Monday, August 23, 2010

Leadville Trail 100 Mtn Bike Race

aka Crewing for John
August 14, 2010

Here's the thing about Leadville: it's never not cold in the morning. So this morning in mid-August at 5:30, as John gets ready to ride down to the start line, the question is how to stay warm until the race starts. He decides to wear his green down parka, and I'll pick it up from him when I get there. Frank - the Leadville friend we're staying with - and I take off by truck a few minutes later.

But the start area is a zoo. Incredible. Bikes and cyclists everywhere. People have claimed spots in the start chute, and left bikes strewn across the road. I've never seen anything like this, even after seven Ride the Rockies and three trips to the Tour de France. We split up (Frank and I are joined by three more friends in this search). It's impossible to find him. Who knew there would be so many people wearing green down parkas in mid-summer? Finally, in desperation, I climb up on top of a garbage can, and scan the crowds. I shout "JOHN!" No luck. So I try again. "ARMSTRONG!!!" Well, that gets a few more looks, and it yields what I'm looking for. There he is, smiling and looking ready to ride. He points behind him to indicate that he's ditched the jacket. I will pick it up after the race starts, before heading out for my first assignment as his crew.

The race starts. It's exhilarating. It's a thing of beauty, actually. The bikes start to roll down the hill, and it's like watching synchronized swimming, or birds in flight - large flocks of birds in flight. I'm awed. Who knew?

I find Frank and friends after the start and we go look for the parka, but it's just not there. I'm bummed. I feel like I've failed at my first crewing task. But no time to worry about that - I have to get to the first aid station.

Pipeline Aid Station

Here's the direction that Frank gives me, before he goes off to watch the race at other vantage points: don't get boxed in parking at the aid stations. So when I see the cars assembling, I find a place to park and make sure I have plenty of room and am facing the right direction for an escape. Then I gather up all the supplies for the first aid and start hiking.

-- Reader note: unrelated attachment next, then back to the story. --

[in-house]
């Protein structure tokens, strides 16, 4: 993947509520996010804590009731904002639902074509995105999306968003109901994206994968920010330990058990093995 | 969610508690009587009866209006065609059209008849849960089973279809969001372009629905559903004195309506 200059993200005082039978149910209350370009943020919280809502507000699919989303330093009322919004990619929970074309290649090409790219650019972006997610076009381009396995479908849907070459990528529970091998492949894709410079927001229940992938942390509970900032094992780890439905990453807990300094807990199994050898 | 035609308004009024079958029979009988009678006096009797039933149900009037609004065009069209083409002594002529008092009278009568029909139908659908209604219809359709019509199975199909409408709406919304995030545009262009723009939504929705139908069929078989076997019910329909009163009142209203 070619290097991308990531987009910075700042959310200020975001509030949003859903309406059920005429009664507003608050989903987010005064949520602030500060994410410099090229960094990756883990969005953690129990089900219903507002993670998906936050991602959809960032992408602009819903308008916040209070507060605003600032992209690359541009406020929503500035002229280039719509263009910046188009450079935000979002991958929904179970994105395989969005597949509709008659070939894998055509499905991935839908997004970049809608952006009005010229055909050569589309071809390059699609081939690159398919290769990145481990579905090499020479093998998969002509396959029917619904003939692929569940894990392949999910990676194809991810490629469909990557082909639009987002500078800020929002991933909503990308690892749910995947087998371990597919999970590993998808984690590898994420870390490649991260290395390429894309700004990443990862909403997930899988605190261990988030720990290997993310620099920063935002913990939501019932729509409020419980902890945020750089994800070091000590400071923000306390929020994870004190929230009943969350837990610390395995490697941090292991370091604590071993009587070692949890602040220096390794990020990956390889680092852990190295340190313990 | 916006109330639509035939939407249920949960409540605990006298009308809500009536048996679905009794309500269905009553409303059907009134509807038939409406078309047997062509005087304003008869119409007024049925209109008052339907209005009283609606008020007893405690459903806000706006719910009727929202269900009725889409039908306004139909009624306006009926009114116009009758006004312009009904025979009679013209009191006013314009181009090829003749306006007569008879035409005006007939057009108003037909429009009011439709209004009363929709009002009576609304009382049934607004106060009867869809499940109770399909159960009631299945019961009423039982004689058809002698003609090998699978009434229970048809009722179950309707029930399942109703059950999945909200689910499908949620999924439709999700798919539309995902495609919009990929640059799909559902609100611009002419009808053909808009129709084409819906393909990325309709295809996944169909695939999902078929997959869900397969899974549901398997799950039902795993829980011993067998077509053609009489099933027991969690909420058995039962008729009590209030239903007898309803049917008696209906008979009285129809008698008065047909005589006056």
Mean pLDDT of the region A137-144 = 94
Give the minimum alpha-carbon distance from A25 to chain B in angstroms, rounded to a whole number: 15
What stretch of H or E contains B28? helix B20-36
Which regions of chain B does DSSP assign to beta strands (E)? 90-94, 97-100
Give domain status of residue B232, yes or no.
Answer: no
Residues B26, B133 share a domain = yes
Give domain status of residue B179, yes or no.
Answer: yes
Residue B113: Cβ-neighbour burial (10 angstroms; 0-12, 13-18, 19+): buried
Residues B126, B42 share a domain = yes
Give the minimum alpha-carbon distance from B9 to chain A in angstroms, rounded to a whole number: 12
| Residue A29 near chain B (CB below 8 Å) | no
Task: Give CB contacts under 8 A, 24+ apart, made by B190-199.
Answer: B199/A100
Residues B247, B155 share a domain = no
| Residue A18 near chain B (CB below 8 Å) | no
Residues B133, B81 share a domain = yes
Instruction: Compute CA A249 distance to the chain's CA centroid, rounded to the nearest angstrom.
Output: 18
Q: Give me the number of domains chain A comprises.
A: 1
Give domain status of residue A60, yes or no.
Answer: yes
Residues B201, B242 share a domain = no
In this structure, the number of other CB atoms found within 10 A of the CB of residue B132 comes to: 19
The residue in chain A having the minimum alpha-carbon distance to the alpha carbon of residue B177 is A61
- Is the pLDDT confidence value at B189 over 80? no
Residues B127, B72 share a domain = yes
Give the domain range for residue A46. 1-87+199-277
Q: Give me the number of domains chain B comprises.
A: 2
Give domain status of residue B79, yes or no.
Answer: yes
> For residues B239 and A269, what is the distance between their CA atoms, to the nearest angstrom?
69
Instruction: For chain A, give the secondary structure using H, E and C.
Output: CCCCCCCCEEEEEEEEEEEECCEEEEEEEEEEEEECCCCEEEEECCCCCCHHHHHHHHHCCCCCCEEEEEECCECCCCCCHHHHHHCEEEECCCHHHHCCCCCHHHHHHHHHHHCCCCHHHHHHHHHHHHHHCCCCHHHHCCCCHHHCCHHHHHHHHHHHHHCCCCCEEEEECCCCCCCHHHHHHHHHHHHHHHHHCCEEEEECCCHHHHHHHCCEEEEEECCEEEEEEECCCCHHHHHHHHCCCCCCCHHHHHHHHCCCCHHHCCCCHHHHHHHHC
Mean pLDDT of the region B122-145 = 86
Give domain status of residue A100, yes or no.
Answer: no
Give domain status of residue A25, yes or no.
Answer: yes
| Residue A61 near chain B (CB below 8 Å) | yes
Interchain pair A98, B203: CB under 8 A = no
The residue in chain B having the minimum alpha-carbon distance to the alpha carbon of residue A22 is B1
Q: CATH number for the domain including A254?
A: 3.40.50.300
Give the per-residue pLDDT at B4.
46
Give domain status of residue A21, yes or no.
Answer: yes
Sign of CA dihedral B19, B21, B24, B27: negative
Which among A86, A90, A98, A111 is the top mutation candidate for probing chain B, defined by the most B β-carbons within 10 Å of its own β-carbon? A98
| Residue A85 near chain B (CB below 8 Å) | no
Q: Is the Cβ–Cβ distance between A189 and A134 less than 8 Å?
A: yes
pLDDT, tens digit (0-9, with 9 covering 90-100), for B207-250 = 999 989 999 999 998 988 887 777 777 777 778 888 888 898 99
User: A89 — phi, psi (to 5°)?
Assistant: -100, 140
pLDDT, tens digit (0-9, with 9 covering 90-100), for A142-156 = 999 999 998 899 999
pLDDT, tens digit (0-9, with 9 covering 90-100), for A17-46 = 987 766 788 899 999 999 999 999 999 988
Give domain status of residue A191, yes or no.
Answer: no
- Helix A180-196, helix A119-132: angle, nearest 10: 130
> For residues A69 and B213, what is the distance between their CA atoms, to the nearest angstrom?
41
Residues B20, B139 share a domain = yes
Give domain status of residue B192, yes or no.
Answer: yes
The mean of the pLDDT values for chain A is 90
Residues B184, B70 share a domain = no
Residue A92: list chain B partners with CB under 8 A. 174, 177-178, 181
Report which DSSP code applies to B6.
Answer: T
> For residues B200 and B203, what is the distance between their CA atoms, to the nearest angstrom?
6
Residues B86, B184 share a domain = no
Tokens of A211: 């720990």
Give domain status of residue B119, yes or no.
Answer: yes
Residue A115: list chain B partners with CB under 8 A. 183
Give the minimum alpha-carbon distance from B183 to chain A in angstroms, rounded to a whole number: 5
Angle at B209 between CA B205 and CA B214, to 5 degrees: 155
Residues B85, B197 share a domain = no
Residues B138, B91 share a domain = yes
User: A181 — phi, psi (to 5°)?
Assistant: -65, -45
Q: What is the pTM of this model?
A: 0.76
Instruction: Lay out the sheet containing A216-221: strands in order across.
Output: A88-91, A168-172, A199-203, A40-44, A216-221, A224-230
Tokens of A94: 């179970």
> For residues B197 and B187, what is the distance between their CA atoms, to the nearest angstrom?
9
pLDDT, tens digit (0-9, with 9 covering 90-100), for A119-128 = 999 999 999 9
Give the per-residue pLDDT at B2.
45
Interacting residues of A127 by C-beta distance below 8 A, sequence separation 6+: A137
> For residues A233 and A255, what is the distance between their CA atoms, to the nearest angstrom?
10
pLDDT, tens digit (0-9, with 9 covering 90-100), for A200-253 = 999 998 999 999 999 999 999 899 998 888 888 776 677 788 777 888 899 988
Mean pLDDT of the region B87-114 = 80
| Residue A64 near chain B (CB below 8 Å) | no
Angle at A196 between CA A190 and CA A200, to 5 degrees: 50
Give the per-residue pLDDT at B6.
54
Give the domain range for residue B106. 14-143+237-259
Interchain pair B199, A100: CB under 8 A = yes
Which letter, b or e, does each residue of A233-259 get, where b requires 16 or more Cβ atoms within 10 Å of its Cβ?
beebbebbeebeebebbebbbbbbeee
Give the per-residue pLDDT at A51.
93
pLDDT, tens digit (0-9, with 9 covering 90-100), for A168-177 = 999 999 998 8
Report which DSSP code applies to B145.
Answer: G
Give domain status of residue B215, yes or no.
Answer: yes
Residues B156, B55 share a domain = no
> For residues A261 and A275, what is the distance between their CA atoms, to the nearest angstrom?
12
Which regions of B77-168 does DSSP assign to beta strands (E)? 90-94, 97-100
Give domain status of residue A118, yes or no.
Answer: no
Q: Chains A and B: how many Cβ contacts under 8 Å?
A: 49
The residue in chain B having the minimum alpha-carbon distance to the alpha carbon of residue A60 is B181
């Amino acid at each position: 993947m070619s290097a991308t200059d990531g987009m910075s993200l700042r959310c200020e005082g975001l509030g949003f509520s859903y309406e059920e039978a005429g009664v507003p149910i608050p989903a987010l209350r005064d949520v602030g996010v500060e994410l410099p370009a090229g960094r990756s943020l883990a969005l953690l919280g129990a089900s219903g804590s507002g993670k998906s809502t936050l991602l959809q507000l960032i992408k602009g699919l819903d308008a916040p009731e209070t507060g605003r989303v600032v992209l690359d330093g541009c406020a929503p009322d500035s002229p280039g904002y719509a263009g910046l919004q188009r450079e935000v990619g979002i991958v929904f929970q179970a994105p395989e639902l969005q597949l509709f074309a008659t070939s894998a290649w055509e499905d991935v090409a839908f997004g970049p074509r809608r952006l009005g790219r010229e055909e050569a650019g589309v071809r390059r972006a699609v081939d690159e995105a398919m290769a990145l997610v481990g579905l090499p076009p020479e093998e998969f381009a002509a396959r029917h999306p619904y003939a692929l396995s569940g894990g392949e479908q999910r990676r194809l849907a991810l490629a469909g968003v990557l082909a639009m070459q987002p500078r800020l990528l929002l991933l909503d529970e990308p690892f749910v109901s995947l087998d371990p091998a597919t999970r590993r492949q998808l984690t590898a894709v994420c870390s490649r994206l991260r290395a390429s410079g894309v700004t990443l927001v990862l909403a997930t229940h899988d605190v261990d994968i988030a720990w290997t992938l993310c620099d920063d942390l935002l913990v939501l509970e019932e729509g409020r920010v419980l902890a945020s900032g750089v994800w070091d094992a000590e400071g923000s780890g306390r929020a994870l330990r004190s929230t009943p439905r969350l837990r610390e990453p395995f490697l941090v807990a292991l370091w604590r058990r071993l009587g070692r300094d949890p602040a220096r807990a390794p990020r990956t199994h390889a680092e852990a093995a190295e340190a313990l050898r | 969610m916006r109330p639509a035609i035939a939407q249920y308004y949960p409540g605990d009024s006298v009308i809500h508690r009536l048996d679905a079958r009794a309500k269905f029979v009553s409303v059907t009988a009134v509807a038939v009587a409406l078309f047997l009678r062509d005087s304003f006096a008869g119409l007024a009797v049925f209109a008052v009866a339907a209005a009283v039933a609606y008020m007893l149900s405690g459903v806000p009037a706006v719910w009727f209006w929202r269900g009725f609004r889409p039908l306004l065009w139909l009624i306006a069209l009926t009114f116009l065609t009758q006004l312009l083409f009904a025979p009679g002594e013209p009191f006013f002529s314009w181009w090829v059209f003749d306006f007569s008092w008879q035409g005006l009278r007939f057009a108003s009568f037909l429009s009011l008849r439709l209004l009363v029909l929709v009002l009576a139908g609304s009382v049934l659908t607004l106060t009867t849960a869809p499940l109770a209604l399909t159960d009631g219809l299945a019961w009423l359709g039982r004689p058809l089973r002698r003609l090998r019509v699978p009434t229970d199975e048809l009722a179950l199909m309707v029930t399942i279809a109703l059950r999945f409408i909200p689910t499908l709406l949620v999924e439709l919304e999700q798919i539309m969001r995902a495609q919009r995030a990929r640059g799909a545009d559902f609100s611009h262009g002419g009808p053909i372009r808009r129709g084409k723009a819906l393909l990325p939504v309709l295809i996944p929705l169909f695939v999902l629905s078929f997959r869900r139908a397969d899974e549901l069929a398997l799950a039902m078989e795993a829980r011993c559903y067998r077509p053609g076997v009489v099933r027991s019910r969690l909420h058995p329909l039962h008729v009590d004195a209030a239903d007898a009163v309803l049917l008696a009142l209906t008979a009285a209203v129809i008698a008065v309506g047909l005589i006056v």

The basket I'm using is my grocery shopping basket; I love this thing. It does not collapse, and it holds just enough. But I've loaded it up, and it's a tad heavy. Here's what I carry: pb&j sandwich halves in baggies, chocolate chip cookies (ditto the baggies), a fresh bottle of cytomax, a fresh bottle of water, my own bottle of water, a bike tool thingy, some clif shots, some packets of powdered FRS, sunscreen, chain lube, a rag or two, a can of Big Air, some Advil and my own breakfast muffin. On top of this all is a camelbak that John will pick up at this station. On one shoulder is my camp chair, on the other my camera. I'm also carrying my cup of lousy convenience store coffee. It seems like a long hike with all this stuff.

But once I see the tents, it's all worth the effort. This is like the coolest block party ever - and at 7 a.m. There's a buzz of anticipation. Tents set up, aid stations set up, people just looking down the dirt road, waiting for the action to start.

The helicopter signals the arrival of the front riders. This is deja vu Tour de France. I'm expecting something less than Tour de France competitiveness, but I'm wrong. The front runners come through at warp speed, pedaling by so fast that you can't really see faces, numbers. Good thing to have a camera so that later you can say, oh yeah, I saw so-and-so go by. The third or fourth group of riders to go by grab their food from people standing right next to me, in musettes just like the ones you see at the Tour. Only this time, one of the guys spins a bit and goes down in the middle of the trail, right in front of me. It's all adrenaline, all panic, all let's-get-him-up-and-sorted-out. He's gone in an instant but it makes me nervous all the same.

The trail is flat here, so the riders are coming in at a pretty good clip. At this point in the day, they all look the same - helmets, sunglasses, long sleeves, leg warmers. Thank God for the numbers that are attached to the front of all the bicycles. I start focusing on looking for John's number: 125. Numbers fly by, so close but not quite. Number 1125 goes by. No dice. More numbers, a couple of tandems (whoa! talk about strong relationships!), and just a few women.

I see John and step onto the trail and yell his name over and over until I'm sure he sees me. I've got this huge basket full of stuff and start shoving stuff at him, but he just wants the cookies and the fresh bottle of cytomax. He says no to the camelbak. He takes off his leg warmers and hands them to me while a woman standing next to me holds his bike (that's what kind of crowd this is). I'm so nervous about getting him what he wants that I don't ask, but then he volunteers, "I'm feeling pretty good". Well, good then. And he's off again.

Twin Lakes Aid Station